The meat of the album is in the longer pieces of course, all of which are close to ten minutes duration. The title track sets its stall out with a majestic synth theme that is followed by a chugging mid-paced guitar riff. It’s the guitar riff that goes on to dominate much of the song, along with a good melodic vocal line from Jessica Bell. The ability to draw out a song by hypnotically repeating riffs is of course a trademark of Hawkwind and it’s a trick that’s not as easy as it might appear, but MWWB pull it off brilliantly and the title track is probably the best thing they’ve produced in their career so far. Logic Bomb is another mid-paced song with a catchy guitar riff marching through much of the song, overlaid with some slowly delivered and slightly chilling vocals. Altamira follows in a similar style while Strontium introduces one or two new elements. For example, it opens with a nice weaving guitar line – it’s only when you hear it that you realise that Davies doesn’t normally play single notes on his guitar; he just wants to bang out heavy chords! There’s also a sudden change of direction at the six-minute song with a short quiet burst of electronica before a bit of a kitchen sink moment with guitars and keyboards. It has the air of an end-of-album song but MWWB surprise us once again with Moonrise, where the huge fuzzed guitar chords are replaced by….well, gently fuzzed strumming on guitar, and Bell’s voice is pristine clear and audible. Again, it’s only at this point you realise how low in the mix she’s been so far. Such subtlety from this band is a bit of a shock, and yet it is a welcome and effective way to close matters.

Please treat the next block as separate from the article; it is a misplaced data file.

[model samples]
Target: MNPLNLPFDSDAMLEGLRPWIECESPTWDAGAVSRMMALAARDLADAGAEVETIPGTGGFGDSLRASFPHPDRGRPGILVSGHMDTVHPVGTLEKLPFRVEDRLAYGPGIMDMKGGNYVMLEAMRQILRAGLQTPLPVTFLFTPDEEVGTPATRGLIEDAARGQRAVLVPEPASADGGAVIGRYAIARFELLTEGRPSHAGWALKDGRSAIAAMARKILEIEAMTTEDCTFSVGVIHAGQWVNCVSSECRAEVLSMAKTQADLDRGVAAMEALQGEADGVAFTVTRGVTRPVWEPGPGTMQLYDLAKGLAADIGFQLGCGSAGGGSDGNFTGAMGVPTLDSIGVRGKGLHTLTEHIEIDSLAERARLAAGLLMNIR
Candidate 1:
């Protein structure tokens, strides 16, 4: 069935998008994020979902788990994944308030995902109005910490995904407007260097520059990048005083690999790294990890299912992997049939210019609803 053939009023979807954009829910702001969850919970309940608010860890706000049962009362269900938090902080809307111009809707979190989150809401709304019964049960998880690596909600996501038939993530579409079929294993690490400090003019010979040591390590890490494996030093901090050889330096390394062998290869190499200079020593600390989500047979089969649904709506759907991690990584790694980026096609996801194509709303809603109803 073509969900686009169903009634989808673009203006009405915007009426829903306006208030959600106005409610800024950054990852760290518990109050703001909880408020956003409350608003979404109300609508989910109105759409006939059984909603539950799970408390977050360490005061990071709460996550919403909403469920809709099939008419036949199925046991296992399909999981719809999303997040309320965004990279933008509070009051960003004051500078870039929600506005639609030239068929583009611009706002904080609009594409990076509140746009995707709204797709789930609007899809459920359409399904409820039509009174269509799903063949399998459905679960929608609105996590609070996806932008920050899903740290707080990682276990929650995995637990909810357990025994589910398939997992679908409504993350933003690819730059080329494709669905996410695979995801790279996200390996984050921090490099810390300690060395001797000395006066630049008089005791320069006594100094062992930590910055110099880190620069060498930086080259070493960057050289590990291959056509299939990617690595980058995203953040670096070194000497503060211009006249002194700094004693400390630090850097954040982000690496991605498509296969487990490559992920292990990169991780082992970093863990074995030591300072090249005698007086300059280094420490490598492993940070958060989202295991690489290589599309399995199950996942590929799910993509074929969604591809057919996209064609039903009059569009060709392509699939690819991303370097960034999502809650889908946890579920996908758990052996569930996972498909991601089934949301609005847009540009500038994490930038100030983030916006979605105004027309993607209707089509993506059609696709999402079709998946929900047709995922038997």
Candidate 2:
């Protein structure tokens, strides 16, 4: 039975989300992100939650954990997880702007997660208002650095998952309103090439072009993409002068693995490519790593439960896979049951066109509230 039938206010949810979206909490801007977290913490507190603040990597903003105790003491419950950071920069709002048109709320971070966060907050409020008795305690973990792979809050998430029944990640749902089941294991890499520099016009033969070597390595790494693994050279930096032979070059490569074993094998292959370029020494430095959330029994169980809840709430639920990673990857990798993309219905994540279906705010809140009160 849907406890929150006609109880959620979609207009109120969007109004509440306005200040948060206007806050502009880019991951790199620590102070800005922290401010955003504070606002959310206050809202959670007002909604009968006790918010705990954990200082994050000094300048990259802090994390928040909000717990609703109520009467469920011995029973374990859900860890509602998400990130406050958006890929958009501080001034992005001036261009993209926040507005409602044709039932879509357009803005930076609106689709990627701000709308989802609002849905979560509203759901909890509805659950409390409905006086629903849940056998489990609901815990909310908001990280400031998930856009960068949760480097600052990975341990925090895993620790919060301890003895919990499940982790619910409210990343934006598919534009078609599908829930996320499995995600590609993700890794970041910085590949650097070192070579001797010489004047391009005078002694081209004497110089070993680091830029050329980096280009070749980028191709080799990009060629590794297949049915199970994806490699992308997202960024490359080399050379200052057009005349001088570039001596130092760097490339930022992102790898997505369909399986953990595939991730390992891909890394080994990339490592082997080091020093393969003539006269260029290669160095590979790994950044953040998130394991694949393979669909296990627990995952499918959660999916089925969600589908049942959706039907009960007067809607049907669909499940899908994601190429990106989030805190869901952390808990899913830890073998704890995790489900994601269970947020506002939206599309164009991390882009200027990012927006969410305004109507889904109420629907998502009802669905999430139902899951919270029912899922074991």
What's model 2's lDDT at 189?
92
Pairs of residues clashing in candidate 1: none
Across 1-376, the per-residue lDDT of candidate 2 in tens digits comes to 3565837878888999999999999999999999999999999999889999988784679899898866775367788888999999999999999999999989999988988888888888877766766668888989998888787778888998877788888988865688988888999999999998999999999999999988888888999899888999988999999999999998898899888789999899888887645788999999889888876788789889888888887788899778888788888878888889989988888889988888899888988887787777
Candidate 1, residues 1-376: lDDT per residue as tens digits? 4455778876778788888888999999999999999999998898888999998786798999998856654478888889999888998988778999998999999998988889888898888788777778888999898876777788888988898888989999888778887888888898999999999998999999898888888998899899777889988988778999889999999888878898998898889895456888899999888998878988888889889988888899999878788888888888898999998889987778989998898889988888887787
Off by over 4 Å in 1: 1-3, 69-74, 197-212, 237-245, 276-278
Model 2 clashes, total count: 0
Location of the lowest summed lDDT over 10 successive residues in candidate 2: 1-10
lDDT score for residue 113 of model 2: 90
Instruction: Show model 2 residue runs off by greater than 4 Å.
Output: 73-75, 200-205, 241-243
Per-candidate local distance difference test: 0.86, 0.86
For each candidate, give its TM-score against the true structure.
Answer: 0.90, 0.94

Fans of Mammoth Weed Wizard Bastard could grumble about this album as some sort of sell-out. I would beg to differ. Those who love heavy riffing will still find plenty to enjoy but the greater conciseness and sonic variety really make this a more rewarding listen than earlier releases to these ears. There’s a good chance MWWB will find a much bigger audience. All in all, I could claim that the Mammoth Weed Wizard Bastard caterpillar has turned into an MWWB butterfly. Yes, a very big heavy butterfly, but by dropping the more extreme elements in their make-up, the band have produced an excellent and much more accessible album that will appeal across a broad spectrum of progressive, metal and space rock fans.